“I wrapped the seal in a piece of brown Kraft wrapping paper,” Keyes wrote. “Mr. Anthony put it under this arm, and we walked down the hall and out of the building. He got in the car and drove straight to Oklahoma City.”
Justin Lenhart, former curator and museum director at the Oklahoma Territorial Museum, said he believes the Anthony story, with a caveat.
“We don’t have hardcore archival evidence, really, to even back that up,” Lenhart said. “Most of the documentation has been lost. Unfortunately, we can’t pull out the receipt.”
Was the “Capital Brought Here in Dirty Shirt,” as a 1932 Oklahoman article claimed? Anthony “talked his way into the courthouse, and fled out of it, the seal and a couple of volumes of records hidden in the dirty shirt,” according to that account.
However, a second 1938 Oklahoman article claims Keyes entered the building with Paul Nesbitt, Haskell’s executive clerk, telling a guard they needed Anthony’s laundry. That account said Haskell received the seal around 4 a.m.
“They returned, carrying a bundle,” according to the article. “Inside the bundle of laundry was the seal of state. The ride to Oklahoma City was made by Anthony in a car rented by the Oklahoma City Chamber of Commerce.”
Using an impression with an embossing device, Haskell issued a proclamation declaring OKC the victor from the Lee-Huckins Hotel’s second floor, Keyes wrote in his 1952 letter.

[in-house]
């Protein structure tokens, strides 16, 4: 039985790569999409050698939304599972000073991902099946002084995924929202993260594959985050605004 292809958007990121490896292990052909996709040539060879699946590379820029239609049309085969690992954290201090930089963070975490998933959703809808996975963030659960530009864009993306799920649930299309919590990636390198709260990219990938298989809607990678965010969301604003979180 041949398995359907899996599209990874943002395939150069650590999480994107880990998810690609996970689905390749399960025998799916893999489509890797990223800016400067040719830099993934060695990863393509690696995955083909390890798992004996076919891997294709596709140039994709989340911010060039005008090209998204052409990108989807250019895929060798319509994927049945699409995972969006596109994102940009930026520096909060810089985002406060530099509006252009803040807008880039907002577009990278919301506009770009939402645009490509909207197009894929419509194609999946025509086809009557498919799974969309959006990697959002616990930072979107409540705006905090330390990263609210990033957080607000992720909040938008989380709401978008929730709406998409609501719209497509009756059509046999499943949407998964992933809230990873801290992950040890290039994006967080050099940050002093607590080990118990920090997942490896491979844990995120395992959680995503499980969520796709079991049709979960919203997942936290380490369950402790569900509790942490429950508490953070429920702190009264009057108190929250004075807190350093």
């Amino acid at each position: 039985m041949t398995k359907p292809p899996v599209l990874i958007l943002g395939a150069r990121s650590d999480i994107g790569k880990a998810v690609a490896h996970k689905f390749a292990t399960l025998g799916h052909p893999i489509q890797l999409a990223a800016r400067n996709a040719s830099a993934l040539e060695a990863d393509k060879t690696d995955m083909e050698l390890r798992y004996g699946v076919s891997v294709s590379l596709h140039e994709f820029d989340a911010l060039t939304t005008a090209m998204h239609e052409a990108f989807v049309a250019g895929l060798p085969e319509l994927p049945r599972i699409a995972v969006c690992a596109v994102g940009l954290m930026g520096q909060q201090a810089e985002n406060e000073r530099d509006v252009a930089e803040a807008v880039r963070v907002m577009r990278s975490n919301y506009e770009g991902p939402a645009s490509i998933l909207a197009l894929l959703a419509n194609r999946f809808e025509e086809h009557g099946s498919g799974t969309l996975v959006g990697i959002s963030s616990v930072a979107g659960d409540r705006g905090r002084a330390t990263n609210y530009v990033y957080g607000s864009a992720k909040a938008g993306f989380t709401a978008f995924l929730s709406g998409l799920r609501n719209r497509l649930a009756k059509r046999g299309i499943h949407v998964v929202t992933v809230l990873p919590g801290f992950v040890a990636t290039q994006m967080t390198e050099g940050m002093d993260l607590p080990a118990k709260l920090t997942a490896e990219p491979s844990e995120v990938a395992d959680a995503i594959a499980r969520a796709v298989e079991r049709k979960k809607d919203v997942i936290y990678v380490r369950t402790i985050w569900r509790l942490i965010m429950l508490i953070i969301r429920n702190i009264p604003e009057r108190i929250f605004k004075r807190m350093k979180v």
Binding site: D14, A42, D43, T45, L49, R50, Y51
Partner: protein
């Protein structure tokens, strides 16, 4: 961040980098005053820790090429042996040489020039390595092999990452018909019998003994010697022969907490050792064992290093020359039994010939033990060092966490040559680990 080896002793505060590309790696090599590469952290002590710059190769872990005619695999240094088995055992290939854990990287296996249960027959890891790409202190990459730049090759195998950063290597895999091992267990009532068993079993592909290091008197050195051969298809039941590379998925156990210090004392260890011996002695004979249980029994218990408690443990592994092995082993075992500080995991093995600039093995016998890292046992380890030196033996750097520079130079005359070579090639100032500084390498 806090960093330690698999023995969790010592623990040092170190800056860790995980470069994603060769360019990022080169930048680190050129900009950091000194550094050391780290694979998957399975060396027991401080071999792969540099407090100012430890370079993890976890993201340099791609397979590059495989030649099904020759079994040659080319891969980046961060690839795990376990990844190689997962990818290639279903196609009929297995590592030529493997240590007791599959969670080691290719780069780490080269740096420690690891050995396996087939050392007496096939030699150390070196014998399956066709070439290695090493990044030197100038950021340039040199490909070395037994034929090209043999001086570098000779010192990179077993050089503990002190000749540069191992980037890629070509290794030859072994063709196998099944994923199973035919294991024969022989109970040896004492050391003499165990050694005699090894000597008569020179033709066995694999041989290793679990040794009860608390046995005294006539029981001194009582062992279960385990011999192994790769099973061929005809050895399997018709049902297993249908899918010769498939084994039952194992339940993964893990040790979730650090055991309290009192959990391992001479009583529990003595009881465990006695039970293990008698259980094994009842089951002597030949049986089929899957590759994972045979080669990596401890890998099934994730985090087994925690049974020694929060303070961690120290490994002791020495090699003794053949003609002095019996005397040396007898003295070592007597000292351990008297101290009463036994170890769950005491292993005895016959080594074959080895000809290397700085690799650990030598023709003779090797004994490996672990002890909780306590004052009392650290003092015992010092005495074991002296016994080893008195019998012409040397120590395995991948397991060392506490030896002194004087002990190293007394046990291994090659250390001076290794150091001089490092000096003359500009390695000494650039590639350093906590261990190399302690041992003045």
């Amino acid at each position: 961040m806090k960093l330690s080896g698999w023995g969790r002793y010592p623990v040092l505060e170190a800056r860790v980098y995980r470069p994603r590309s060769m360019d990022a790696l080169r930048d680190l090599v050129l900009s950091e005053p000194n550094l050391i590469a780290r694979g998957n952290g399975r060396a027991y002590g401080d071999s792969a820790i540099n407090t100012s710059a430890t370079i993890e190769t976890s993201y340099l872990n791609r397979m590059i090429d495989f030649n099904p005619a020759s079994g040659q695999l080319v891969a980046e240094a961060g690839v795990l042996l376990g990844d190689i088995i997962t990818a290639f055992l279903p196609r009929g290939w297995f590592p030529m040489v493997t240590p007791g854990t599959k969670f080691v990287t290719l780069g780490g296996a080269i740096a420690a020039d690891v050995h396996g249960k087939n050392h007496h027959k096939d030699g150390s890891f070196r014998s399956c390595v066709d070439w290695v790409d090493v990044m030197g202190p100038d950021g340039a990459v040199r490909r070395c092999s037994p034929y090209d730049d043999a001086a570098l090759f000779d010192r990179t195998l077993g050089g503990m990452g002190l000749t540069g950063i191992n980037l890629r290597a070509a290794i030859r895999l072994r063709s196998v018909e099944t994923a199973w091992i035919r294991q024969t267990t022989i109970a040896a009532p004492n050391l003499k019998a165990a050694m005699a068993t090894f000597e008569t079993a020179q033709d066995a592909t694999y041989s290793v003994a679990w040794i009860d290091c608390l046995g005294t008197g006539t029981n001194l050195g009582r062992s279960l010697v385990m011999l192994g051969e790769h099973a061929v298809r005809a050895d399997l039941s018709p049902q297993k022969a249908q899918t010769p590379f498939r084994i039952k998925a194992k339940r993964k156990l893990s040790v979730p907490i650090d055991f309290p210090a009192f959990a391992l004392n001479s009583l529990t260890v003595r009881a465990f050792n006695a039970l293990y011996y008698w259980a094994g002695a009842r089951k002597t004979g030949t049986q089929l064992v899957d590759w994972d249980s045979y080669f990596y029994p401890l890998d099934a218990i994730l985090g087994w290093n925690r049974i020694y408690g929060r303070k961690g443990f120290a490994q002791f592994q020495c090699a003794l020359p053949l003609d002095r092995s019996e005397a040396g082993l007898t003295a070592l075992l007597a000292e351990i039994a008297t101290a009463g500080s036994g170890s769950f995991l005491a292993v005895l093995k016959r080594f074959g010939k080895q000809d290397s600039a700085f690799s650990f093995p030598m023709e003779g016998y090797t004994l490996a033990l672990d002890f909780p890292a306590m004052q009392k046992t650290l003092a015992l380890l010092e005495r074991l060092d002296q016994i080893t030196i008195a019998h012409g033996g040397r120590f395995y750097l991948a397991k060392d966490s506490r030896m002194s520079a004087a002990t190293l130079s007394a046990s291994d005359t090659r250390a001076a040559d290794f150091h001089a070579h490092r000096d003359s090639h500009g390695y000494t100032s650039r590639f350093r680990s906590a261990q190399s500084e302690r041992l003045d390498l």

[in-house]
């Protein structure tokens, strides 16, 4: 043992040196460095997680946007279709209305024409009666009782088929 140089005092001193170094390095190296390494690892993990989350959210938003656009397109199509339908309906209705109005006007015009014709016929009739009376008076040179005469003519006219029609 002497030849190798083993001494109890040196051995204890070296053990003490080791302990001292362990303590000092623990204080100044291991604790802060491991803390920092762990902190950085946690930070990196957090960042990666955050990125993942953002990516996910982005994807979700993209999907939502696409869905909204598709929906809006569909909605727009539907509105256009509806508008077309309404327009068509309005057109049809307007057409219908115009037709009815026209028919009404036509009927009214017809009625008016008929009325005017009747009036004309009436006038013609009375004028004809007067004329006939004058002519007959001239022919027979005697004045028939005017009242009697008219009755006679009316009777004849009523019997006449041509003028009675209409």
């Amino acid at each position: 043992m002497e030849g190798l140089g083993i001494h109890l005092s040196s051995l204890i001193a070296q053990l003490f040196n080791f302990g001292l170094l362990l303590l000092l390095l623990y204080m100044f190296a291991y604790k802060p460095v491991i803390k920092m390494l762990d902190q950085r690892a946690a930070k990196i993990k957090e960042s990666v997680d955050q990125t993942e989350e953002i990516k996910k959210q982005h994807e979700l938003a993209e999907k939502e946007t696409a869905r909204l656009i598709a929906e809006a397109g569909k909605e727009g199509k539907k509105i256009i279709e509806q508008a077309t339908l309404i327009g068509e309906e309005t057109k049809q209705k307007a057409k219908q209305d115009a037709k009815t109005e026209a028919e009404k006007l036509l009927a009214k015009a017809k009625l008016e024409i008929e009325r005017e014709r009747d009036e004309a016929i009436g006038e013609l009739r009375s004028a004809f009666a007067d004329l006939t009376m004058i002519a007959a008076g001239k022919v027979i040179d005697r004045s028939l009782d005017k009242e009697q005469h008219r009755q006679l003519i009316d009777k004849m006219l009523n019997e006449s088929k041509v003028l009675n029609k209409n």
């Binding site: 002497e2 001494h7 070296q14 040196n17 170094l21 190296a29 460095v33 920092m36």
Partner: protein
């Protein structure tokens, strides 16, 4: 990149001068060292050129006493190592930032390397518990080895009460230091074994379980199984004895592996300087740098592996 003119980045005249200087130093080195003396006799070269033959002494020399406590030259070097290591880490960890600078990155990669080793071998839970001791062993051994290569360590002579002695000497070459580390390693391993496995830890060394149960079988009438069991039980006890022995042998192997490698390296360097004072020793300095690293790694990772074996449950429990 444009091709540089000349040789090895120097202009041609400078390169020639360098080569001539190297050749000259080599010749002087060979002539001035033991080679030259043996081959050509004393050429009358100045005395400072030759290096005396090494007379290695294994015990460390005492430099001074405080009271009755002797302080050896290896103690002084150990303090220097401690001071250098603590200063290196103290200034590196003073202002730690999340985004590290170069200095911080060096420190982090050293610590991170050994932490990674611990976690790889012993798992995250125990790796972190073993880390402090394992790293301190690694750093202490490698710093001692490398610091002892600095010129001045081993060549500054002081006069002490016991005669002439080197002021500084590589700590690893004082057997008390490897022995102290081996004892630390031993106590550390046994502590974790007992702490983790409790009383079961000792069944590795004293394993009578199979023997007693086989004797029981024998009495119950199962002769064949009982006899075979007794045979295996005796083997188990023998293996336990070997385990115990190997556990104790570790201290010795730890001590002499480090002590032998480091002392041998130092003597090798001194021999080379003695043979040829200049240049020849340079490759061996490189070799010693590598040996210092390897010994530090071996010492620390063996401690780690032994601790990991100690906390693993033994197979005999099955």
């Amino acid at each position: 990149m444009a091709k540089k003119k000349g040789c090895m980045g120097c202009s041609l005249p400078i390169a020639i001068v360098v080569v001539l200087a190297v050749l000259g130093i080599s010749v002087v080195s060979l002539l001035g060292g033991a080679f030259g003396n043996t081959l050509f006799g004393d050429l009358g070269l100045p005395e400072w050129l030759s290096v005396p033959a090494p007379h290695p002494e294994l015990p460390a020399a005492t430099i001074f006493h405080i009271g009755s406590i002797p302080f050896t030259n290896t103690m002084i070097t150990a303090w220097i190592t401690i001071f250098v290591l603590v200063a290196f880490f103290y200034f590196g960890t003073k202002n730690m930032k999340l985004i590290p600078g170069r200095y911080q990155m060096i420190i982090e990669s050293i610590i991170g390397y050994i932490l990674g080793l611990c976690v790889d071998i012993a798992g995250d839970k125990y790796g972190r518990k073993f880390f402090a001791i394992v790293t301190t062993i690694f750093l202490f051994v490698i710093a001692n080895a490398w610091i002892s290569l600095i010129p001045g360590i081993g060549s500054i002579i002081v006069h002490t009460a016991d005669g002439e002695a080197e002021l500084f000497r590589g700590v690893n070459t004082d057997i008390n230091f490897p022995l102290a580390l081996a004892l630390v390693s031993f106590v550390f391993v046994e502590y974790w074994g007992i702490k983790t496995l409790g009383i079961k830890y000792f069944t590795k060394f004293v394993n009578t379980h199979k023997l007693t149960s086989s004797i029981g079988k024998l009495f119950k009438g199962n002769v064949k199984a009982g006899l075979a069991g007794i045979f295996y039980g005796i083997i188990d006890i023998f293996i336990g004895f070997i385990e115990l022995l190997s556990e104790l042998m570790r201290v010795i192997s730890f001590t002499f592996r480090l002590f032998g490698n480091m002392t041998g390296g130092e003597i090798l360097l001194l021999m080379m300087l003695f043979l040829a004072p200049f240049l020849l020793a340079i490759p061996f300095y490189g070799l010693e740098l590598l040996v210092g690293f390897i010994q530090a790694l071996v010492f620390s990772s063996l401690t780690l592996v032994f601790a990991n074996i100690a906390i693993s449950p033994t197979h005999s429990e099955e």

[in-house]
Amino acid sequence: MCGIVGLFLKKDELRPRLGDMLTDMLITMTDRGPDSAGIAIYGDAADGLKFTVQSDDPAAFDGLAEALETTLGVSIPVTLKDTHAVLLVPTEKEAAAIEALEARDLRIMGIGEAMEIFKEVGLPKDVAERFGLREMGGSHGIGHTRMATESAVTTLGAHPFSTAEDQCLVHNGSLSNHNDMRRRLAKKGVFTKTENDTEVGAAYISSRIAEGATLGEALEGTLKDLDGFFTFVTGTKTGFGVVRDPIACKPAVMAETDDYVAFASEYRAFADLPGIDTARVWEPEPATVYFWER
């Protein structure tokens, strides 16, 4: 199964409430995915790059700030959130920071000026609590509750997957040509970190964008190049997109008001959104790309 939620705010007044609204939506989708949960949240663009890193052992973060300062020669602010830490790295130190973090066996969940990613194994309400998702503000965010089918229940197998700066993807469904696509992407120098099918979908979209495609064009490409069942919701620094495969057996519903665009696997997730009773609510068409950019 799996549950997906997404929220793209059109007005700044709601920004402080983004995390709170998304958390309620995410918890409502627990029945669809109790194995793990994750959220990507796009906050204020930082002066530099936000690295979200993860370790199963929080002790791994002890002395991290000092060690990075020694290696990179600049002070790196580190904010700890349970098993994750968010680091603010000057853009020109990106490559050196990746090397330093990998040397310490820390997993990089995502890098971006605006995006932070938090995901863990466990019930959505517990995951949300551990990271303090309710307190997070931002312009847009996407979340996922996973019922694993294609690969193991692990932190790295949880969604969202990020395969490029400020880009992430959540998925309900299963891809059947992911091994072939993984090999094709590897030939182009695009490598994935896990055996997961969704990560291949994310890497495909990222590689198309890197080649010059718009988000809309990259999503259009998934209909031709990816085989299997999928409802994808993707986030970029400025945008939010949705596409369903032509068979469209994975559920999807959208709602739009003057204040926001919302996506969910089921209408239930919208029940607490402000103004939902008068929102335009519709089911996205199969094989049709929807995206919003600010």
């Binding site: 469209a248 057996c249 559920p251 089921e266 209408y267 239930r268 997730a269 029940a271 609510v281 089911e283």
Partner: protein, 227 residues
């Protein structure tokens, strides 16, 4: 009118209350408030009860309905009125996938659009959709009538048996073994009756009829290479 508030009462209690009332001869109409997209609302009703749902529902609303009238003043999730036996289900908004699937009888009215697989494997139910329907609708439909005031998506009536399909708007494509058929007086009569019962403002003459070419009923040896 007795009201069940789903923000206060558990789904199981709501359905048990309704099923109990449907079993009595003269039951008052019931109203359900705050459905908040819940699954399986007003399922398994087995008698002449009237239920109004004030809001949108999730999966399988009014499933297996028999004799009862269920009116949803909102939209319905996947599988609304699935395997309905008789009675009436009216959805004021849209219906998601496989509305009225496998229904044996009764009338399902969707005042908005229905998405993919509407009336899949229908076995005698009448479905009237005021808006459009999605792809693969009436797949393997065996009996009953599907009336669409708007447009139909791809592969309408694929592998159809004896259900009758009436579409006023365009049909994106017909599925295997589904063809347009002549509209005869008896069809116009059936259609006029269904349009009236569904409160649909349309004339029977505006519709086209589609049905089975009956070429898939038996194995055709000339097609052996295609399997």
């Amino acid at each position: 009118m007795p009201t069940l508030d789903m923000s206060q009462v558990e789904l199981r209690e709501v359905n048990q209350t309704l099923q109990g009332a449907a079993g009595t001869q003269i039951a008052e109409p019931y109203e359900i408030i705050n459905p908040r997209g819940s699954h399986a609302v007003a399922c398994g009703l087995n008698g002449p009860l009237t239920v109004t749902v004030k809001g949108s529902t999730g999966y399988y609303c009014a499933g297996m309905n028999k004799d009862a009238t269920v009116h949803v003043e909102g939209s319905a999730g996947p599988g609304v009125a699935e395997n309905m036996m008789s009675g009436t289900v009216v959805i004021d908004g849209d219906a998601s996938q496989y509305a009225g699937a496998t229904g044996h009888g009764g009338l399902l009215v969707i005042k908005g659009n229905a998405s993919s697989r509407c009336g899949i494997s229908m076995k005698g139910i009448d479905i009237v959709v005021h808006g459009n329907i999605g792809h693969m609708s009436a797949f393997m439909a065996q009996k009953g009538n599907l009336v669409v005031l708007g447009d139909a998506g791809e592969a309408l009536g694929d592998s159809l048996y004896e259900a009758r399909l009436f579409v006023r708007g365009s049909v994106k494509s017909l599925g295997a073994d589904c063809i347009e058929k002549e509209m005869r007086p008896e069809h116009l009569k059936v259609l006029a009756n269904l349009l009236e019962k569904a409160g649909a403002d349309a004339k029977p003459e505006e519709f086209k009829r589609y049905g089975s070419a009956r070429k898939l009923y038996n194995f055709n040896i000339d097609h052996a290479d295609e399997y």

Here comes the ‘Gov’Gov. Charles Haskell was Oklahoma’s first governor, but did a man named “Gov. Price” help move the seal?
In a written account archived at the Oklahoma Historical Society, Paul Nesbitt, Haskell’s executive clerk, tells of “a lovable old character who worked in one of the departments” named Gov. Price waking him up at 4 a.m. after the June 11 election. At Haskell’s request, Gov. Price told him he had come with W.B. Anthony, the governor’s private secretary, to transport the seal.
“Just as we approached the building, (corporation records clerk) Earl Keyes came up from the opposite direction,” Nesbitt wrote. “We went to the governor’s office. … The night watchman kept his gun in my desk. I opened the desk and put the gun in my pocket.”
Keyes opened the vault and brought out the seal, according to Nesbitt:
“We wrapped it in a newspaper, and I put it under my arm.”
Gov. Price is mentioned in another account.
“W.B. Anthony drove up there, and there was an old man ” we don’t know where he got it ” but everyone called him ‘Gov. Price,'” said Mrs. John Abernathy, according to a 1973 recording in the OHS’s Oral History Collection. “He was just a hanger-on around the state Capitol, and he pretended to be drunk and he stumbled into this Logan County Courthouse where Haskell’s office was. And when he came out, he had the state seal under his coat, and they got in this car that W.B. Anthony was riding.”
photo top A black embosser, shown with dies used to impress the state seal, is displayed at the Oklahoma Capitol. Photo/Mark Hancock
photo middle A monument outside the Logan County Courthouse claims the state seal was stolen. Photo/Shannon Cornman
photo bottom In 1952, former Gov. William H. “Alfalfa Bill” Murray claimed a black messenger moved the seal to Oklahoma City.